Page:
My Initial Thoughts on Gotham
With the series premiering last week and the next episode slated to come out tonight, I thought that I’d share my honest thoughts on this promising series so far. I am barely going to touch on the plot, but there are some minor spoilers. So SPOILER WARNING!
The pilot was very serious in nature and had a fair share of action sequences and drama. Characters are well written and you can already tell that careful attention will be paid in further developing them, as the series progresses. If you are an enthusiast of the Dark Knight, then there certainly will be many familiar faces, along with some new. With the plot centering around a young Jim Gordan (later one of Batman's closest allies), I was worried of how this series would operate. However, I no longer hold any of these particular hesitations, as the show does not feel like a mere cop drama set within the Batman mythos. The utilization of nearly every other perspective, other than the young Bruce Wayne, brings a fresh outlook on the events surrounding the pre-Batman Gotham.
Let’s talk about the setting itself. After all, the series title is named after the city itself. Thus far, the show does a commendable job of depicting Gotham. While only flashing a few brief shots, it does boast some of the surreal and gothic architecture we're all accustomed to, with an infusion of a modern cityscape. This grounds the city in reality, while still containing some elements of the comic source material. Although I would have preferred to see a little more of the familiar in this regard, this was only the first episode.
I don't think that anyone would agree that choosing to have the murder of the Waynes occurred only minutes into the pilot was essential, as we have seen it far too many times already. However, it is portrayed in far more gruesome realism than ever before, similar to show's other action sequences. I'll give it to them. Never before have I been like "holy shit," when watching the Waynes get gunned down, as you always know what is coming when they start down that alley. But the graphic depiction really invokes a response from everyone I have talked to, who also watched the pilot.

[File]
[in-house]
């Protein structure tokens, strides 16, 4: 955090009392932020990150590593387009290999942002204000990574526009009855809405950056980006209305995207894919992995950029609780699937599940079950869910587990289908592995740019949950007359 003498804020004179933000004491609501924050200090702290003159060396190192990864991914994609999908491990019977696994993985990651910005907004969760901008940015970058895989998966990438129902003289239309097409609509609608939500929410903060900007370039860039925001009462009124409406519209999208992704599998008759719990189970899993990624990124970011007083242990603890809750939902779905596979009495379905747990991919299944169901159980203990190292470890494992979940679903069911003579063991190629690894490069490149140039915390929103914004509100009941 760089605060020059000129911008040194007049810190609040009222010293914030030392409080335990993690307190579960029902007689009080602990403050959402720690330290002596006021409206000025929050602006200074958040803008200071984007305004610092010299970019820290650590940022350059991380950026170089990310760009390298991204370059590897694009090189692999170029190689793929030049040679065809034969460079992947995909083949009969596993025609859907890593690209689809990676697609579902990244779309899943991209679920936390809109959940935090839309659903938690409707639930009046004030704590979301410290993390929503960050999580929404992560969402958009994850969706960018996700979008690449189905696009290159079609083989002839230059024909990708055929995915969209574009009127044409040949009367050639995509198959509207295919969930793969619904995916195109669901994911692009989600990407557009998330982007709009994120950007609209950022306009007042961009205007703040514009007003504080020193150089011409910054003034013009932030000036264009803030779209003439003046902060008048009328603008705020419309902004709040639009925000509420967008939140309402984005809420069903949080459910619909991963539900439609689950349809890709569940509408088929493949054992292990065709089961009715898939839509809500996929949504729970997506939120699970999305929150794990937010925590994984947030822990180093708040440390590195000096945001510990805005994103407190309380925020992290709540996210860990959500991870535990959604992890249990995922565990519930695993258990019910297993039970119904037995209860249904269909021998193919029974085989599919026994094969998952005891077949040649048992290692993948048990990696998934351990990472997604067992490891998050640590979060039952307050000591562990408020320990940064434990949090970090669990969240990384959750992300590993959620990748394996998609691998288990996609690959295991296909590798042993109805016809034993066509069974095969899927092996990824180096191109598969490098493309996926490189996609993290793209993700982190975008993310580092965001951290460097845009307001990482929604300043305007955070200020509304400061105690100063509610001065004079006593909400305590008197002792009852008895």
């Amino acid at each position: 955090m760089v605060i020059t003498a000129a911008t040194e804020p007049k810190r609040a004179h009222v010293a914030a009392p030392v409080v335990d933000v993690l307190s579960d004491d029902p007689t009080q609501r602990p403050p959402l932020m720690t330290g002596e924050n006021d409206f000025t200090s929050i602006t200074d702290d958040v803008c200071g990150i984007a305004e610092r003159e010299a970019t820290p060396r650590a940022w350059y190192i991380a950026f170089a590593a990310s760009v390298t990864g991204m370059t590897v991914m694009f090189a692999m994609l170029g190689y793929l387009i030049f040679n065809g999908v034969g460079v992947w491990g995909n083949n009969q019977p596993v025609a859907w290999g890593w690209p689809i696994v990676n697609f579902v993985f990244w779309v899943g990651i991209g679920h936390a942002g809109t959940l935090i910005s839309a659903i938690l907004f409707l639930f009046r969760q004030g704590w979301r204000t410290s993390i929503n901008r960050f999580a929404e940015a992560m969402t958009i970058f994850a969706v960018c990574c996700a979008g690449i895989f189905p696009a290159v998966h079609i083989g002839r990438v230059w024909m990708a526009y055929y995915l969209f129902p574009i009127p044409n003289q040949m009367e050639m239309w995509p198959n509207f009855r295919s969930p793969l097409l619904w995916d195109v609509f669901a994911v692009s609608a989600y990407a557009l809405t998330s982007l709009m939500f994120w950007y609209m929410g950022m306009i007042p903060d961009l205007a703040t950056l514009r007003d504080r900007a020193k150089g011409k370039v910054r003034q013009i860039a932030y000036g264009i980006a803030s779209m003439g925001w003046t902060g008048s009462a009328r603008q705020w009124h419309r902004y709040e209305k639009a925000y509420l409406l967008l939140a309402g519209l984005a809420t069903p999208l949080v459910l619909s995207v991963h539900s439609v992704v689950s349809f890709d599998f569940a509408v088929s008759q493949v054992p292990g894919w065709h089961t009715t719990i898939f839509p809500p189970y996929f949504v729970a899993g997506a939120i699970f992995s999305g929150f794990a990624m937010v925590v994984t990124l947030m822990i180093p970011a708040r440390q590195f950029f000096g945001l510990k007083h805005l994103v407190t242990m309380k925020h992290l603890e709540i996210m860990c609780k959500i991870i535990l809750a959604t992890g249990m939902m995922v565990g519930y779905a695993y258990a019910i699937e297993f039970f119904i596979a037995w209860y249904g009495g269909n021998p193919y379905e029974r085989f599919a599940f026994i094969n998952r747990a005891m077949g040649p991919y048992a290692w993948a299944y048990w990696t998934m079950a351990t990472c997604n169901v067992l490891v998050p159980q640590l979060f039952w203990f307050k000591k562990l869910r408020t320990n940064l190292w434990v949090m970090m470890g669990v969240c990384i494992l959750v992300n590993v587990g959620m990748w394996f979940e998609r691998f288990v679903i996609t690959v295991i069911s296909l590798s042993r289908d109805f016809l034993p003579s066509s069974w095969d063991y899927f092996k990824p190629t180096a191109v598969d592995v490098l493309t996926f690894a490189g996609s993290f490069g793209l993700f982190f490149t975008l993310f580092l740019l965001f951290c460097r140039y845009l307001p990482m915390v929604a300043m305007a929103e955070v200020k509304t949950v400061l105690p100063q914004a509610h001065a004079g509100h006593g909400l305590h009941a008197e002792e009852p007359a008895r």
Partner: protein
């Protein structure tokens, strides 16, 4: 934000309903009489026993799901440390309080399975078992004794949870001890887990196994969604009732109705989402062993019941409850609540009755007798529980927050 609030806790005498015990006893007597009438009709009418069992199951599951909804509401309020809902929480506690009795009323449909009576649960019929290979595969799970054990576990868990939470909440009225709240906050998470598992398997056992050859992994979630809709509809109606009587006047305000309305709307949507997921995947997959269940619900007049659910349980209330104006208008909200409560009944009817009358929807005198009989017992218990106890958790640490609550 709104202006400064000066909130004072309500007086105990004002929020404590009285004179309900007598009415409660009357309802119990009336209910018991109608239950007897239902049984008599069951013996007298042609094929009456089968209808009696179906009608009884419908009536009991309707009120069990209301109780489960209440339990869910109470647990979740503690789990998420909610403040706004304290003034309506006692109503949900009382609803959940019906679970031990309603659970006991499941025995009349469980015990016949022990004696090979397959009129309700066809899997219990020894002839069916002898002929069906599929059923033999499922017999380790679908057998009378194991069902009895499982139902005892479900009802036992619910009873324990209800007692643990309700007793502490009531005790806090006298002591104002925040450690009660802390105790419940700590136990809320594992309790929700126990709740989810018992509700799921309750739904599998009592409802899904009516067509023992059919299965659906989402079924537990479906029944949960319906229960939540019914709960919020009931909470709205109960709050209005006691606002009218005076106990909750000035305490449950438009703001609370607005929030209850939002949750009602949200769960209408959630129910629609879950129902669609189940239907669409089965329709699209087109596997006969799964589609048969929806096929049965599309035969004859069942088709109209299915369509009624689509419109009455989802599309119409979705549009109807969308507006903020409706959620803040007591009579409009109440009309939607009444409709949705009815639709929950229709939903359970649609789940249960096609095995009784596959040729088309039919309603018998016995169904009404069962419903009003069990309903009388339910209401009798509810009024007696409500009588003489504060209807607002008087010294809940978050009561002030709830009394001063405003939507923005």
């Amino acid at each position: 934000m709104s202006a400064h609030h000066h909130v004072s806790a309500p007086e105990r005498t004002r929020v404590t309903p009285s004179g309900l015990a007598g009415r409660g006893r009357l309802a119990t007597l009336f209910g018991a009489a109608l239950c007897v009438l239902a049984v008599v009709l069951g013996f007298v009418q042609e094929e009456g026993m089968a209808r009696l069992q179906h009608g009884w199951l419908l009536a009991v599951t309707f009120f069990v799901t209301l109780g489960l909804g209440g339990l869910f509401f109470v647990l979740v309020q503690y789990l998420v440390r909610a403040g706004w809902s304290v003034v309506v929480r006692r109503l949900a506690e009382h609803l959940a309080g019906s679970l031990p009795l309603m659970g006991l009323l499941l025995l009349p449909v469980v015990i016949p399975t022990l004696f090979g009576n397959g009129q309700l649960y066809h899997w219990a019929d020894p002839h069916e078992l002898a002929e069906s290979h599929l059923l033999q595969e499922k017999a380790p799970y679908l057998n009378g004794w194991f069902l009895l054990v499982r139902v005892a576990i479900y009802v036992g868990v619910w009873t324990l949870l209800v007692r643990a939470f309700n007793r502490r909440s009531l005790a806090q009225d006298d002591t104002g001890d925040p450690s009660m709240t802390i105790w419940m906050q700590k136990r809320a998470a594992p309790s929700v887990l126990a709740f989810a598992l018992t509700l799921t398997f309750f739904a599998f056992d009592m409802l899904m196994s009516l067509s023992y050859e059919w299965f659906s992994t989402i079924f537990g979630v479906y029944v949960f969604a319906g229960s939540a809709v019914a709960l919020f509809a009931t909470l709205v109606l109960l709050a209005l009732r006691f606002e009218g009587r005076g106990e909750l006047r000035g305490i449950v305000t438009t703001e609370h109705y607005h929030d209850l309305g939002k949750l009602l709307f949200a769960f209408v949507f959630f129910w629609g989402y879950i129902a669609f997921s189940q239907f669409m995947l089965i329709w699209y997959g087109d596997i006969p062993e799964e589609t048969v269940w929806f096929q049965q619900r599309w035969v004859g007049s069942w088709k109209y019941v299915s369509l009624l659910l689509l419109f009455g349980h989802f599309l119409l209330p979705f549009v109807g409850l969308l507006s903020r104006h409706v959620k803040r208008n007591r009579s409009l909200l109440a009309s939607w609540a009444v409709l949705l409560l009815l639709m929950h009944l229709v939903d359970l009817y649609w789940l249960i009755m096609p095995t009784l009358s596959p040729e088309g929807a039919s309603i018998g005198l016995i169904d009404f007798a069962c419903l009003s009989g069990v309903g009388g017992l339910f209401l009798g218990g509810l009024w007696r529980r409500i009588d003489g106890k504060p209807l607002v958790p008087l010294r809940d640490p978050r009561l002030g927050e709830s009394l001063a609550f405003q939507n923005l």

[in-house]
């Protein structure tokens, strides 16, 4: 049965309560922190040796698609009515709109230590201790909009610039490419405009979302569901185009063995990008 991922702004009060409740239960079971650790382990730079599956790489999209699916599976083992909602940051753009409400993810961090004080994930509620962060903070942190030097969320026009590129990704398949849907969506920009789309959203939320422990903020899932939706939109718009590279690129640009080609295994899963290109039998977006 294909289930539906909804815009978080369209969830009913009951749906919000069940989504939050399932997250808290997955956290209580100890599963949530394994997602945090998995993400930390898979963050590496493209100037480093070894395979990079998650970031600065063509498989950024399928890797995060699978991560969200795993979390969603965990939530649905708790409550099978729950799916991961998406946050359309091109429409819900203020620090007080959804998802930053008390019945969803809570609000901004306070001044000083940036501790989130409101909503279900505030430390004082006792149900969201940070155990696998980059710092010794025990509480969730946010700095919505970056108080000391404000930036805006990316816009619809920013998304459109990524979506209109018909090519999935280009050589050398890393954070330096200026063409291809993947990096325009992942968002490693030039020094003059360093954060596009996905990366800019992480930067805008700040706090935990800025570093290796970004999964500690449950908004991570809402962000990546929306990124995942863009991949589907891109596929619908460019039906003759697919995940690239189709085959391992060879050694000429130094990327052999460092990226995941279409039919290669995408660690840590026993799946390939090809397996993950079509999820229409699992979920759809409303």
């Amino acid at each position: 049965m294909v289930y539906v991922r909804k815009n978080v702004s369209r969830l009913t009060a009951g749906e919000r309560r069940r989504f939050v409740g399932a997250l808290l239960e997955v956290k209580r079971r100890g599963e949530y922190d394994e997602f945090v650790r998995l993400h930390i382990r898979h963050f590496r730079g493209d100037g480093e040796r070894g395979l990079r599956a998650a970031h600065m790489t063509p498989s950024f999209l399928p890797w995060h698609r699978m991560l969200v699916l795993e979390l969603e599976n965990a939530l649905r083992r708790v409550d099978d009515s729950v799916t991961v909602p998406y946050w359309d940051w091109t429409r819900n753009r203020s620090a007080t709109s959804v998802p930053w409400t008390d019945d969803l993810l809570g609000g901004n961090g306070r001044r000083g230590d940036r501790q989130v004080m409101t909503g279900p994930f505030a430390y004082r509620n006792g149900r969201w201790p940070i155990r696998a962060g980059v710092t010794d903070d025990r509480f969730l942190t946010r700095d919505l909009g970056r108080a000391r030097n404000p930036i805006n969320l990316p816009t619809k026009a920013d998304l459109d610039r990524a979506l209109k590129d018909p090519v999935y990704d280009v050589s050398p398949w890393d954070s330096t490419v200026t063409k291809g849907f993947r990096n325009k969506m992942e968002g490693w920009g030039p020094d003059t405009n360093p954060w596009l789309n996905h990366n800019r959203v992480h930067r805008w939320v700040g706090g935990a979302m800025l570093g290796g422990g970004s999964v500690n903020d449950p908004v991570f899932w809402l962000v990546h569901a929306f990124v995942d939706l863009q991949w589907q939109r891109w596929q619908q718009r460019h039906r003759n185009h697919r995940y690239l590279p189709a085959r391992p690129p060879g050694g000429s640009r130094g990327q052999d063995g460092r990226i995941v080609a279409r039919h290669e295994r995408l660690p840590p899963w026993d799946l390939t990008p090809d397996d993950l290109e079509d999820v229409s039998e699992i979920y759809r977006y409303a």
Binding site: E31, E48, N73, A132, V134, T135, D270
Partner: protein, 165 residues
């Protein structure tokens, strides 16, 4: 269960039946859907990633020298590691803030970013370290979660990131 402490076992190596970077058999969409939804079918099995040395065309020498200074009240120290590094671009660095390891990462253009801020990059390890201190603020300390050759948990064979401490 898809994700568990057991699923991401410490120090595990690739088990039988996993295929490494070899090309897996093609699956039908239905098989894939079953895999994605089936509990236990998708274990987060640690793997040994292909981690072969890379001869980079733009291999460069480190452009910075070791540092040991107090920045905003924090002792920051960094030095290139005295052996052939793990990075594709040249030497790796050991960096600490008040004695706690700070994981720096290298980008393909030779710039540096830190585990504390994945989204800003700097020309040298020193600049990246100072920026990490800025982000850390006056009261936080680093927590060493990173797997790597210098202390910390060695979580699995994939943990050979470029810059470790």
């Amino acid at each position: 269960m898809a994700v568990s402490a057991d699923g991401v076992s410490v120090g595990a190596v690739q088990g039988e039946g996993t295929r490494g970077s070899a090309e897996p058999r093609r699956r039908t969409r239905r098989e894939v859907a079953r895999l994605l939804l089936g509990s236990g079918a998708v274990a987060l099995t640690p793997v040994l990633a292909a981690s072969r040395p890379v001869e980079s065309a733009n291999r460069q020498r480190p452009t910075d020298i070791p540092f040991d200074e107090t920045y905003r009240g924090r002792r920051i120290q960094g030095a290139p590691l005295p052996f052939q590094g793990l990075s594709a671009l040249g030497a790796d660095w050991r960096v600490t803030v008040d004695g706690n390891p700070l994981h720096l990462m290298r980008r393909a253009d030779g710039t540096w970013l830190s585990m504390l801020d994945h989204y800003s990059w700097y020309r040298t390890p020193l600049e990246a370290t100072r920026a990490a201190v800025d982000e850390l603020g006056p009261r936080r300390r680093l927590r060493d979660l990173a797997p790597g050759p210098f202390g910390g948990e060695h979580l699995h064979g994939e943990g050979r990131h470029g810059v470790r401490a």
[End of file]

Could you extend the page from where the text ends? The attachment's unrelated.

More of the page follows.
The show purveys extremely serious and dark tones that we’ve all grown accustomed to expect within Gotham’s corrupt soul. As loyal to the source material, the series is already showing how rampant the corruption has spread through the dark metropolitan. Cops and criminals alike are at home within its unhallowed limits. Gordan’s partner, Harvey Bullock, is a prime example of how lenient the police force is when it comes to allying with Gotham’s underbelly and just how far each is willing to go, for personal gain.
The cast looks promising, even the dweeb, Eddy, who we all know will inevitably become the Riddler. I was not initially sure about Oswald, but he started to grow on me as the future Penguin took a turn at interrogating a prisoner with glee and his brutal act at the episode's conclusion. Although seen only momentarily, Bruce and Alfred were believable, although the latter is a little too brash, when compared with what we have seen in the past.
But let’s discuss Gordan next, as he’s the central focus. The character is likeable and is convincing as one of Gotham’s only incorruptible cops. The scene where he shakes hands with a broken juvenile Bruce Wayne demonstrated the epic potential that the show possibly holds. One of the most promising and intriguing characters is the teenage Selina Kyle, who introduces us to the streets of Gotham and seems to have acquired an interest in the troubled adolescent Bruce.
Similar to other adaptations of the Batman mythology, a select number of individuals shine through the perpetual darkness and cast a ray of hope amongst the unrelenting crime. I was initially worried at rehashing the origins of Batman once more, but the pilot has given me hope that this series could explore a period of Gotham history that we know very little about. It has officially sparked my interested and has me excited to see where they take it.
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